Cigarette prices in Azerbaijan: smokers don’t give up and win
It’s been already a silent ritual for quite long. I would give a greeting nod to a young vendor at the kiosk and hand him three bills, he would nod in response, take the bills and pass me a narrow blue pack of cigarettes. Whereas today, the usual course of things has been disturbed. Having handed me cigarettes, the kiosk vendor told me in a conspiratorial manner: ‘Yours will soon go up in price too.’
What an unpleasant news, though quite expected. Before that, there was already a hike in prices on certain brands of cigarettes-they’ve become 20-30 kopeks more expensive, which is the Azerbaijani market’s traditional response to yet another rise in US dollar rate. And now, apparently, my Davidoff’s turn has come.
The kiosk vendor was right. Already the next day, the same pack of cigarettes was sold for AZN3,30, instead of AZN3. And it’s not the first time that tobacco products are increasing in prices in Azerbaijan. Cigarettes have became twice or even more expensive over the past year. That same Davidoff cigarettes cost AZN 1,5 in early 2015 and they were regarded as rather costly at the time. Whereas now, AZN1,5 is a price of the cheapest smoke, to which some have switched after they no longer could afford buying their usual cigarettes. A new ‘splurge’ criterion has been even introduced in pubic- stand one’s ground following all those perturbations and keep smoking ‘one’s own’.
Smokers don’t give up
Healthy lifestyle proponents believe that expensiveness may well provoke complete quitting of smoking. However, our survey has proved that this this unlikely to happen.
For example, Tatyana Kovaleva claims, she’s not going quit, even if prices hike once again.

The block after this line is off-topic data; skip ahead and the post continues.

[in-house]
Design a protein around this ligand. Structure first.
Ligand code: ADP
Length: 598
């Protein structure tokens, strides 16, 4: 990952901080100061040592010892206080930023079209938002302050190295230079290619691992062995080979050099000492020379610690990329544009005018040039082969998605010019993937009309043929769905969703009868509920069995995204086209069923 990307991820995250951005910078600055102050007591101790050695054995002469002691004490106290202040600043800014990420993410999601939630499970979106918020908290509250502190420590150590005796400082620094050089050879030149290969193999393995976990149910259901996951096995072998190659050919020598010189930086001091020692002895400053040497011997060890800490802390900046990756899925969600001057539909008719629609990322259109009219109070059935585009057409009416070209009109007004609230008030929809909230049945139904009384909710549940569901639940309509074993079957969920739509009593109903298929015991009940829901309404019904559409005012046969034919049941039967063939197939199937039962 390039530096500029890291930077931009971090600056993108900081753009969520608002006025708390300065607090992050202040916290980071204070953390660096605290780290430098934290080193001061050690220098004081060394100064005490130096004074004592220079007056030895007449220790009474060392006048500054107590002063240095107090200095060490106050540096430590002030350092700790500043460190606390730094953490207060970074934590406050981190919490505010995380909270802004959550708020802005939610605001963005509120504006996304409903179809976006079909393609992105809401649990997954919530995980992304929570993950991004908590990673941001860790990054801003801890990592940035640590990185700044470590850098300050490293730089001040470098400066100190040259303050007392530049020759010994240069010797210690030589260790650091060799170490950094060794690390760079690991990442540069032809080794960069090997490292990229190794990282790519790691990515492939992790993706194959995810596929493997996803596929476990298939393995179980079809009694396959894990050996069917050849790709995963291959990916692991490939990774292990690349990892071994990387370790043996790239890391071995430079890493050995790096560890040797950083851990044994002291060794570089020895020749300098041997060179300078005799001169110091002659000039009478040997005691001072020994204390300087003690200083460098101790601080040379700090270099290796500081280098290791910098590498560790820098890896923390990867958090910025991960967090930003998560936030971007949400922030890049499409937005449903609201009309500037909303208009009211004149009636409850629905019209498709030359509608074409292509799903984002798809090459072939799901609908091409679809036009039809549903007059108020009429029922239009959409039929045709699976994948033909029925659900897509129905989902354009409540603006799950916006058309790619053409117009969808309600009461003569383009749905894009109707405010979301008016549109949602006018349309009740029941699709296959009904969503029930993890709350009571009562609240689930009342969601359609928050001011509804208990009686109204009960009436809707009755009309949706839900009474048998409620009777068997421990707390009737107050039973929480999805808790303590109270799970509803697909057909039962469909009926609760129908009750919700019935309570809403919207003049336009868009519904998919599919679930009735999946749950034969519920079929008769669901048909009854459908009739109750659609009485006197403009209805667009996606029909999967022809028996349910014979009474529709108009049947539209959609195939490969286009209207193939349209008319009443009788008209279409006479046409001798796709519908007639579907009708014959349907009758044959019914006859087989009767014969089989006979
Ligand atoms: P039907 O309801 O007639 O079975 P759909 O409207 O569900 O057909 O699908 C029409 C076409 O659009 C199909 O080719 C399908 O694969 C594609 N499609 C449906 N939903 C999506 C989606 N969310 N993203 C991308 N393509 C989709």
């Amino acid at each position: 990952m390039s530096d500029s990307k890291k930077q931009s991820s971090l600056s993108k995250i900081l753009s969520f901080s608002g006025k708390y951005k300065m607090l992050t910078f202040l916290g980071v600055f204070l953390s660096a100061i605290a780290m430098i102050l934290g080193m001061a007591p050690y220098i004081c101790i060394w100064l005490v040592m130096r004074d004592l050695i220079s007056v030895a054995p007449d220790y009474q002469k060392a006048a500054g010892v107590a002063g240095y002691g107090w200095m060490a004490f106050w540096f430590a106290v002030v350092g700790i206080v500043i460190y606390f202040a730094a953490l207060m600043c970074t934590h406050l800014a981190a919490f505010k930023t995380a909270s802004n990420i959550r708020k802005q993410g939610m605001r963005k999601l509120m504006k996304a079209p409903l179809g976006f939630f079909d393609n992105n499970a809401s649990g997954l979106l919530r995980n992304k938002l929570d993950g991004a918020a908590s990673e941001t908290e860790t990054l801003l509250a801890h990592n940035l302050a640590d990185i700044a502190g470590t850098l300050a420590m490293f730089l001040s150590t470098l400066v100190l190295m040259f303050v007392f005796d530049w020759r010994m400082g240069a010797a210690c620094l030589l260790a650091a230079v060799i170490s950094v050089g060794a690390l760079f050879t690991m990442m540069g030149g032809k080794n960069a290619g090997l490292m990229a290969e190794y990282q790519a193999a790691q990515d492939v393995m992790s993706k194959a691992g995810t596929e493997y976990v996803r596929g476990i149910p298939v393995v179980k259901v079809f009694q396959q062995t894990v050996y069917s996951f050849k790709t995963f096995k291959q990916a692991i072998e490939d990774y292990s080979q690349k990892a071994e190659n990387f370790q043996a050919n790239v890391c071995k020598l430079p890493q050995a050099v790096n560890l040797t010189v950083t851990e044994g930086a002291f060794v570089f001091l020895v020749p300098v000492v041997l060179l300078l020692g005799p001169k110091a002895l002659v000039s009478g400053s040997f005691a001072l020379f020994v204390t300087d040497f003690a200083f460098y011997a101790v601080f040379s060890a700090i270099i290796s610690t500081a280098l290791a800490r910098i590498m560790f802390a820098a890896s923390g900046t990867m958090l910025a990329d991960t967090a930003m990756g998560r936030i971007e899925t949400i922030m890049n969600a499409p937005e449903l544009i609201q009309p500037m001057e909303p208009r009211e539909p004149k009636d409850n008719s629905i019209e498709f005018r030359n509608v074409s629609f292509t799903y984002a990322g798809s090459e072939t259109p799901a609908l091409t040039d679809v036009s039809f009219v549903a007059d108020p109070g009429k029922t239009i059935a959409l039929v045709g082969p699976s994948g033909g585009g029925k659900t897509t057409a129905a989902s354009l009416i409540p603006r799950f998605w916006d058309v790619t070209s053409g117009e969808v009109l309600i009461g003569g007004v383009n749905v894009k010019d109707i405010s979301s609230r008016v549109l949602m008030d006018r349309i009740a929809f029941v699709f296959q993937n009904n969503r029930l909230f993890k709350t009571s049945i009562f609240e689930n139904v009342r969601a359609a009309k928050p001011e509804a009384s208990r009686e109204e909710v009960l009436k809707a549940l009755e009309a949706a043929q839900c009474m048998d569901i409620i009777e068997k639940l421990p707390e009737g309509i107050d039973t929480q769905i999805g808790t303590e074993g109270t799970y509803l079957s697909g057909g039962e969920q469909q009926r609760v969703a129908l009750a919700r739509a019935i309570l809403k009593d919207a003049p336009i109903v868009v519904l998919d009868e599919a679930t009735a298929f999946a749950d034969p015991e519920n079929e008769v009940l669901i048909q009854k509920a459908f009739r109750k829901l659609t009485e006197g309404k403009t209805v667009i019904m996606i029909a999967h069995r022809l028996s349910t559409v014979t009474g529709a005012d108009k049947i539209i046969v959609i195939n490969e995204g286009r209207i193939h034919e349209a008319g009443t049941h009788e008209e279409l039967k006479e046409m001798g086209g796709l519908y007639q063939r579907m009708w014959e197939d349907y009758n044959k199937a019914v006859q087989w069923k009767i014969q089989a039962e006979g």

‘I smoke about one pack a day. After all, it’s not that big sum. I’d rather stop buying paper towels or sausage, than quit smoking,’ says Tatyana.
Kyamran Agabekov also shares her opinion:
“The cigarettes I smoke have become twice expensive, but I keep smoking them and I’m not going to quit. I don’t think that high prices can urge someone, including me, to stop smoking. If worse comes to worst and I could no longer afford the cigarettes I’m accustomed to, I’ll find something more affordable to substitute them or will switch to roll-your-own cigarettes.”
However, some people gave up on their habits for the sake of economizing. Mustafa and Valida Zakirov, the husband and wife, admit that increase in tobacco prices has seriously affected their family budget. Earlier they had spent on cigarettes AZN 70 per month and thought it was quite a lot, whereas not this sum totals about AZN100.
“After the first price hike we started smoking cheaper cigarettes. But now they have also become expensive. So, that trick won’t work, because everything that is cheaper than AZN2, for my liking, is just a toxin. It would be regrettable to poison one’s lungs with it. If price growth continues, I will resort to extreme measures and switch to the cheapest cigarettes; I will smoke them through a mouthpiece to minimize harm,” Mustafa shares his plans to overcome the ‘tobacco crisis’.
As for his wife, in her view, price increase on cigarettes, as well as on everything else, just encourages smoking.